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Let us assume this syntax

var kk=+"2";

Is it valid? Yes, it is. To confirm, check this

alert(kk+2);  //4

will alerts you with 4. So what does + sign before a string doing? The answer is + sign before a string converts the string type into a number type. Want a proof?

typeof(kk);  // number

Interesting na… check some other related alerts below

typeof(2); // number
typeof("2"); // string
typeof(+"2"); // number
alert(+"2"+2);  // 4
alert("2"+2);  // 22
var k = +"raja"; // :-)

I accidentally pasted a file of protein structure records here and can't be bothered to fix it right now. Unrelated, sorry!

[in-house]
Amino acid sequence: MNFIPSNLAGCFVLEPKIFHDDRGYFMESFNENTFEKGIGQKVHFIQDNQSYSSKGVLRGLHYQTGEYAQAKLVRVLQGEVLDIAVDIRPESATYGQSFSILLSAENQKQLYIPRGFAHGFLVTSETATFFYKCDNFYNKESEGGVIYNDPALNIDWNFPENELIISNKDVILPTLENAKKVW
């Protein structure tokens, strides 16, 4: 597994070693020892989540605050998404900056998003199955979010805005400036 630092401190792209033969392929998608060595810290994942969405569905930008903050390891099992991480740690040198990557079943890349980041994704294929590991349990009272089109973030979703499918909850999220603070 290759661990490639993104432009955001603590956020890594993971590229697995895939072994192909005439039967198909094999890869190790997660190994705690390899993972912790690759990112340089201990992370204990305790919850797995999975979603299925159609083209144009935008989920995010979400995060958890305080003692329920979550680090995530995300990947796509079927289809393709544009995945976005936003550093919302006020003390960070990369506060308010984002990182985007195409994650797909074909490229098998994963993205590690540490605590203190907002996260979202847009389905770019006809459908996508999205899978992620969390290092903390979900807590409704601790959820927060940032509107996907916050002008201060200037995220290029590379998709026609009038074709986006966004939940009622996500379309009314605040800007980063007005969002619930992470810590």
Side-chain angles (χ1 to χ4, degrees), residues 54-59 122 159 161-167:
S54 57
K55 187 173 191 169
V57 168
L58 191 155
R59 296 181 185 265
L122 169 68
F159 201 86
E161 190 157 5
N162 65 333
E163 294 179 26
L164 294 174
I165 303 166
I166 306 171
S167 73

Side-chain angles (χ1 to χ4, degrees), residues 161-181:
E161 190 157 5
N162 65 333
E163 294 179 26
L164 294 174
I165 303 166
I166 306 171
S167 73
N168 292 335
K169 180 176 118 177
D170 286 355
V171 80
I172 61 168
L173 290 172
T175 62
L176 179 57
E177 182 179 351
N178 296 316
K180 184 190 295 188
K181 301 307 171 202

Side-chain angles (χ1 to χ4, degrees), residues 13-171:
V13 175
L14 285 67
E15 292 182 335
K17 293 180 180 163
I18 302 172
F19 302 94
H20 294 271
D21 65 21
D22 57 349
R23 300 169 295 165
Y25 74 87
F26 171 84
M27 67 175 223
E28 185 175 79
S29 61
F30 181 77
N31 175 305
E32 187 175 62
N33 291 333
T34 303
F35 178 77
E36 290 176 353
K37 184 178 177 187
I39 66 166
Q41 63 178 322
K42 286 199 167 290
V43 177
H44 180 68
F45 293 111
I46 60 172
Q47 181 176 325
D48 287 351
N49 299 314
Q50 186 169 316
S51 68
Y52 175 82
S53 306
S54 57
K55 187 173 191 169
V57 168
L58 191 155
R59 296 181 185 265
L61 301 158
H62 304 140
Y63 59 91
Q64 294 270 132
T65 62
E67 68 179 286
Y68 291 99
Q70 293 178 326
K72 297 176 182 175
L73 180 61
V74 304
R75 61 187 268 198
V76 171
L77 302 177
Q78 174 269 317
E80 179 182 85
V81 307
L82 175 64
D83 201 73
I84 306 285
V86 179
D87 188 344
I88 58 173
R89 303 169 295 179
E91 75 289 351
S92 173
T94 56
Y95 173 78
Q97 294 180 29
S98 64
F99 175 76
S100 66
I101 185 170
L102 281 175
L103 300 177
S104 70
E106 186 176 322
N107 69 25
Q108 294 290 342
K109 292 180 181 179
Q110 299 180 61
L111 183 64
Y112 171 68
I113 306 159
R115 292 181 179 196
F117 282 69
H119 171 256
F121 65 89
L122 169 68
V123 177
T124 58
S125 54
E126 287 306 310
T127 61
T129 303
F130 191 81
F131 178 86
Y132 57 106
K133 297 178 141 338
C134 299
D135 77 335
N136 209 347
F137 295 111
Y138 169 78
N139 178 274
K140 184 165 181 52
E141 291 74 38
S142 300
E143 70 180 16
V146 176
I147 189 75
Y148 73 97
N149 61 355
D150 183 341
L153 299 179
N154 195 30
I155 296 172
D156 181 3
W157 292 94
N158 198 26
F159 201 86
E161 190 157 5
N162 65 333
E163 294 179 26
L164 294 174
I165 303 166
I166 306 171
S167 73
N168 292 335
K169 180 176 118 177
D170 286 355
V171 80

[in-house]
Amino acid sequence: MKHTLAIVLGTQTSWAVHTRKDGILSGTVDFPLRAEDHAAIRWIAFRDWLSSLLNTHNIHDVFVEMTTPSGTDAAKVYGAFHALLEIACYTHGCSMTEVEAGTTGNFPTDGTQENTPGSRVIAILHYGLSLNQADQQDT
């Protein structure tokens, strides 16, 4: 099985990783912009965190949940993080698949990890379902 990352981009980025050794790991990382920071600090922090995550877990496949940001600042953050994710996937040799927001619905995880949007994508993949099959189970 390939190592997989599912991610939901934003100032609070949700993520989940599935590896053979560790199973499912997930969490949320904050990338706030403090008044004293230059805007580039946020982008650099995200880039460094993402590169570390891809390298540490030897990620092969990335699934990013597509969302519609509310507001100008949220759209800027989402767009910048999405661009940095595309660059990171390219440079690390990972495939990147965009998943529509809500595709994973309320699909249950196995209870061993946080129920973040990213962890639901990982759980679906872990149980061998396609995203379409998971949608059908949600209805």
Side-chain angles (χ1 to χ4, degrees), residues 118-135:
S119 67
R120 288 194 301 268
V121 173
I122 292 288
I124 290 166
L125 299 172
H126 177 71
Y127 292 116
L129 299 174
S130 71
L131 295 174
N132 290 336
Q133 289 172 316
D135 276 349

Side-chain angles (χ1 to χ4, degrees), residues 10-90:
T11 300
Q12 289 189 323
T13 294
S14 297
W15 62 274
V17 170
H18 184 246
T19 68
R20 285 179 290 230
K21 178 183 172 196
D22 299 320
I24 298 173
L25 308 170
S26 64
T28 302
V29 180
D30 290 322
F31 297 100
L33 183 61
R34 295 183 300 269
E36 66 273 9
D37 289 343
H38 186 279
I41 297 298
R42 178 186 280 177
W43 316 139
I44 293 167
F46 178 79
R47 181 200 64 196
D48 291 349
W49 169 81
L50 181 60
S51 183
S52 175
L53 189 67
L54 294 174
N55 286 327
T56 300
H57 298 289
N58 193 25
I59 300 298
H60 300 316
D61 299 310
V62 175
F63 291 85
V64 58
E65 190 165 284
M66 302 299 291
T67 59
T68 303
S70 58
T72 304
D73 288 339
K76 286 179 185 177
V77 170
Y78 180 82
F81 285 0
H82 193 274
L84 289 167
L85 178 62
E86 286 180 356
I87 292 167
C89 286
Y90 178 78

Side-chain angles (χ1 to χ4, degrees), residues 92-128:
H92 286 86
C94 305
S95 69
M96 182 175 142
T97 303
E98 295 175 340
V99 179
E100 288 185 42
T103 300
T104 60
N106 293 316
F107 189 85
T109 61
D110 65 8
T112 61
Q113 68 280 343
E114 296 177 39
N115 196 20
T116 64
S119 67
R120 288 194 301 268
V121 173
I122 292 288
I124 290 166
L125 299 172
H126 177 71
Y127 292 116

typeof(k);  // number
alert(k);  // NaN (is a number)

JavaScript is cute !!!

Update: Also read this wonderful article written long back.



  1. Rajakvk, the “=” operator is for assignment. The combination “+=” is for situations where you want to combine/add to values together. For instance, var x = 2; var y = 3; x += y; would at the end add the value of y to x. With strings, var x = “This is”; var y = ” some text”; x += y; will result in y being “This is some text”
    Putting a number in quotes converts it to a string. Putting a math operator directly before or after a number, particularly “-” or “+” is used for decreasing or increasing its value by 1:
    for (var i = 0; i < 100; i++)

    • Not exactly.

      Should you place a ‘+’ between two strings, they’ll concatenate. So only an unary plus does convert string to number

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